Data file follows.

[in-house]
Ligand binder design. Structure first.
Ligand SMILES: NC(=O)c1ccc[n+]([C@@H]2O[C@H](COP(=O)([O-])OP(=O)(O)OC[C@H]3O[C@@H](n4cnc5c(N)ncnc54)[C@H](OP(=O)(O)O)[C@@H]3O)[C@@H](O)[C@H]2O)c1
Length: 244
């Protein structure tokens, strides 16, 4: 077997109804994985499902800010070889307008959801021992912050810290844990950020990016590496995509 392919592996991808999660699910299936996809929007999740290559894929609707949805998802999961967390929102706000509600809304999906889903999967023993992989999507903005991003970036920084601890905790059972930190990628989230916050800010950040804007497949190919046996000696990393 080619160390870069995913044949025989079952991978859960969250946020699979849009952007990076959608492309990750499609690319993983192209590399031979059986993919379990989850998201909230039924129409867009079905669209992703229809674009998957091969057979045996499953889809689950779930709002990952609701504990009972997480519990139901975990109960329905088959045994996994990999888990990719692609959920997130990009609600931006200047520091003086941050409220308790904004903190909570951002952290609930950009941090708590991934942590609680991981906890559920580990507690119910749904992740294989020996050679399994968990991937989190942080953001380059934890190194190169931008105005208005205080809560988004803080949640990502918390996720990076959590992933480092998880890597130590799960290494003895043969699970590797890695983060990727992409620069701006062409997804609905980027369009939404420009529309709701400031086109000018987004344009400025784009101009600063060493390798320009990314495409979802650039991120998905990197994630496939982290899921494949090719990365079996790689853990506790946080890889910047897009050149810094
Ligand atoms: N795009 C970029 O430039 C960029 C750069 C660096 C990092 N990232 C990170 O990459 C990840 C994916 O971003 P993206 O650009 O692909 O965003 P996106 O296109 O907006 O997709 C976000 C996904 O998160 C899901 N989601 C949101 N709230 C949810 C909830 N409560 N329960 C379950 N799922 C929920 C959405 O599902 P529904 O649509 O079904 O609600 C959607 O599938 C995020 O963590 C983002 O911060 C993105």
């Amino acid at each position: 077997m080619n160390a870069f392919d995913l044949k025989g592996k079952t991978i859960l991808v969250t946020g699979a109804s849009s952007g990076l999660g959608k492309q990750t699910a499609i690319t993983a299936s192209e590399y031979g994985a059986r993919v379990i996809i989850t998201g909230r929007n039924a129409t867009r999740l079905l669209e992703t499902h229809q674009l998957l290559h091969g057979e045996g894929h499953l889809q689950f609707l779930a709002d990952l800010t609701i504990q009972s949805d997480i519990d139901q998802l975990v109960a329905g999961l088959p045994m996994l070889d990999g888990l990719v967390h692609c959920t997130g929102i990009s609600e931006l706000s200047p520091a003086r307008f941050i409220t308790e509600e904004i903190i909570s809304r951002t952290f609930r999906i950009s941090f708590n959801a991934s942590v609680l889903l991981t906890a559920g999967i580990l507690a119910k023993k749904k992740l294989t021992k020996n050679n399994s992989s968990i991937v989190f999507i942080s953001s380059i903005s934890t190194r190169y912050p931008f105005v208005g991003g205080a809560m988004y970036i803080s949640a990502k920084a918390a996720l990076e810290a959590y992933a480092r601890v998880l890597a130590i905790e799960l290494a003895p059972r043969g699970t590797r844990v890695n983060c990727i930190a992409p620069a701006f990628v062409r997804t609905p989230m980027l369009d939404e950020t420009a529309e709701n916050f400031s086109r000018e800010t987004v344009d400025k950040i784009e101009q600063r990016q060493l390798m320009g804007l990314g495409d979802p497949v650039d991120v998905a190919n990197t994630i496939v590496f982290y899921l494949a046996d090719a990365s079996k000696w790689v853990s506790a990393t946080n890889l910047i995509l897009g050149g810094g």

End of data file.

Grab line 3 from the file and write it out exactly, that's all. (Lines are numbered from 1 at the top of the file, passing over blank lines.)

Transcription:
Ligand SMILES: NC(=O)c1ccc[n+]([C@@H]2O[C@H](COP(=O)([O-])OP(=O)(O)OC[C@H]3O[C@@H](n4cnc5c(N)ncnc54)[C@H](OP(=O)(O)O)[C@@H]3O)[C@@H](O)[C@H]2O)c1